Dippy Returns audio description and transcript

Listen to or download the audio description produced to accompany Dippy Returns: The Nation's Favourite Dinosaur, or read the transcript.

Audio description

4 minutes 22 seconds MP3 (8MB)


If ever evidence was needed to explain why dinosaurs have captured our imagination, then this is it: Dippy the Diplodocus, the Museum's most famous dinosaur. This amazing animal was just one of the hundreds of dinosaur species that dominated our world for millions of years.

Oh, and about the name: scientists say 'dip-LOD-oh-cus' but you can say 'dip-low-DOE-cus' or even 'DIP-low-DOCK-us'. Or just Dippy, as it's affectionately known.

The first thing you notice about this dinosaur is its awe-striking size. One of nature's ancient giants, this dinosaur is the same length as two buses - and would have weighed almost the same as 10 cars. You would not want a Diplodocus standing on your foot.

These bones are actually copies of the originals found in America - a cast. But it's such a good copy that it's still really important.

Dippy was the first Diplodocus to go on display anywhere in the world when it was first revealed here at the Natural History Museum in 1905. The original bones were discovered at the end of the 1800s by palaeontologists employed by the wealthy Scottish industrialist Andrew Carnegie.

In 1902, the King of England visited Andrew Carnegie at his castle and spotted a drawing of Dippy hanging on the wall. The King wanted his own dinosaur for the Museum. Carnegie agreed to send an accurate copy and this striking, full-sized skeleton arrived in London, hailed by Londoners at the time as the greatest animal that ever lived.

Dippy is a 26-metre-long skeleton, with a tiny skull compared with the rest of the body. Dippy’s skull is 50 centimetres long and 25 centimetres wide, with a long snout and blunt, pencil-like teeth that give Dippy an eerie grin.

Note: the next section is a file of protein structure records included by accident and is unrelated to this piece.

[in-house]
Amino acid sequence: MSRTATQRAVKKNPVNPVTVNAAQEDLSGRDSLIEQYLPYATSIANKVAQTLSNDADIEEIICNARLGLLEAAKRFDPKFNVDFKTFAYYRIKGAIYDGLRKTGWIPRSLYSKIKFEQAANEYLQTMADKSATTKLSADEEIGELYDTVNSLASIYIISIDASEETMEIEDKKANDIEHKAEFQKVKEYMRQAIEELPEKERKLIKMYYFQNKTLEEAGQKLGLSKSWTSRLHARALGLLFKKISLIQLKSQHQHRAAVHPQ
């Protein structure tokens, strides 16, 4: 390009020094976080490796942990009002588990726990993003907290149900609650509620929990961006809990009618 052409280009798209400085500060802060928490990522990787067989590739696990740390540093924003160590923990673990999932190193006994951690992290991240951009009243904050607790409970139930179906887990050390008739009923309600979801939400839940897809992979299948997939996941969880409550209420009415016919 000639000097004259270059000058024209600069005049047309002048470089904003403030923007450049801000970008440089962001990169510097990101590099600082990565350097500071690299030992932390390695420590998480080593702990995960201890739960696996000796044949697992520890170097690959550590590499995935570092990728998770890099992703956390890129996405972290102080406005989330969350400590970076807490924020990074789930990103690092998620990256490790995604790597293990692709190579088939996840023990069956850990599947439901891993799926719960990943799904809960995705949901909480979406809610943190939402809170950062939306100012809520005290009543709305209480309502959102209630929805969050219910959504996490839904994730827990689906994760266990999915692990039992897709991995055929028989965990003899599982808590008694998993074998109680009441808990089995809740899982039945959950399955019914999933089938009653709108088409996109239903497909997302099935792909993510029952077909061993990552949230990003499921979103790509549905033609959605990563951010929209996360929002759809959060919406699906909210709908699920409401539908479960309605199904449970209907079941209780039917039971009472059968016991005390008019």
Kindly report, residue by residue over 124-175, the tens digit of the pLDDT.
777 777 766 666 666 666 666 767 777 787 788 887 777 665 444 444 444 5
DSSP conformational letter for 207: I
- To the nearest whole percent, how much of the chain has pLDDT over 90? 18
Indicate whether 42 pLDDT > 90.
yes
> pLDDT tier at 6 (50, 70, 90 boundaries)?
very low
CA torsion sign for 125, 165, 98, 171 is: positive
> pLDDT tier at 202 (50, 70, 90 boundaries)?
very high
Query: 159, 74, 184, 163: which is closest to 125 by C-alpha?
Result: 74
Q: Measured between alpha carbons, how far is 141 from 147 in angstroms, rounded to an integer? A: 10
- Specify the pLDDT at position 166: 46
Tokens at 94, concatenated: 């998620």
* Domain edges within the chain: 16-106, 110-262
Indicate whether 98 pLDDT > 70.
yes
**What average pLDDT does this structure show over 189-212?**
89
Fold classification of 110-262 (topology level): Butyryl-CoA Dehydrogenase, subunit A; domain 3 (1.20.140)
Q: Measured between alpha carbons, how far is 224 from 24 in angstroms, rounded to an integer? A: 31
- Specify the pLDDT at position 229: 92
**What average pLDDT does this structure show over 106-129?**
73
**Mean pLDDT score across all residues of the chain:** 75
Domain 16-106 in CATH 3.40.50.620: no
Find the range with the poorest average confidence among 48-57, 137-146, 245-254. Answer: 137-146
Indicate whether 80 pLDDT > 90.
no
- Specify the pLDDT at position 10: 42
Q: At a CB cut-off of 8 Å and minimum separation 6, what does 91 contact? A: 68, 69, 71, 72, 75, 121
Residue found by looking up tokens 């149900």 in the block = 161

At seven metres, Dippy’s neck is very long. If Dippy stuck his neck through the front window of a bus, the head would reach the back row. The bones of Dippy’s neck gradually increase in size towards the shoulders, where the largest is more than half a metre long and half a metre wide.

The right front leg is slightly further forward than the left, as if walking forwards. Dippy walked on its fingers and toes, like a horse. The hand bones make a horseshoe shape that is dwarfed by the two sturdy leg bones. These are topped by smooth, wide-grooved shoulder blades, angled down at 45 degrees to meet a heart-shaped set of breastbones.

The biggest ribs in this enormous ribcage are 10 centimetres wide and nearly two metres long. Along the top of the backbone and most of the horizontal tail are short, vertical bone projections a few centimetres apart, like a comb.

Starting from clawed feet, Dippy's back legs are even bigger than the front legs. Each thigh bone is one and a half metres long, slotting at the top into a socket made of huge, smooth, fan-shaped hip bones. It's the upright, tucked-under pose of his legs in particular that define Dippy as a dinosaur.

Mirroring the neck, Dippy's tail curves another seven metres backwards to a point high above our heads. Starting half a metre wide, each bone is smaller than the one before, down to a tiny end that is only the width of a finger. Scientists think this thin, flexible tail might have been used to make a noise like a whip, as a defence from big predators like Allosaurus.

Hanging at regular intervals under Dippy's tail is a series of coat-hanger-shaped bones, designed to support and protect the blood vessels there. The particular shape of these bones gave Dippy's species its name, Diplodocus, which means double beamed.

The colour of fossils depends on what minerals replaced the original bone over time. The original Diplodocus fossils are a very dark brown, so Dippy was painted to look the same.

Diplodocus died out 145 million years ago, but we can still learn a lot about how dinosaurs like Dippy lived and behaved from studying the fossils that are left behind.

Script developed in collaboration with Antenna International.

Stories about Dippy

Discover the many stories of this specimen, from its early stardom to more recent adventures, and find out what other dinosaurs lived 155-145 million years ago during the Jurassic Period.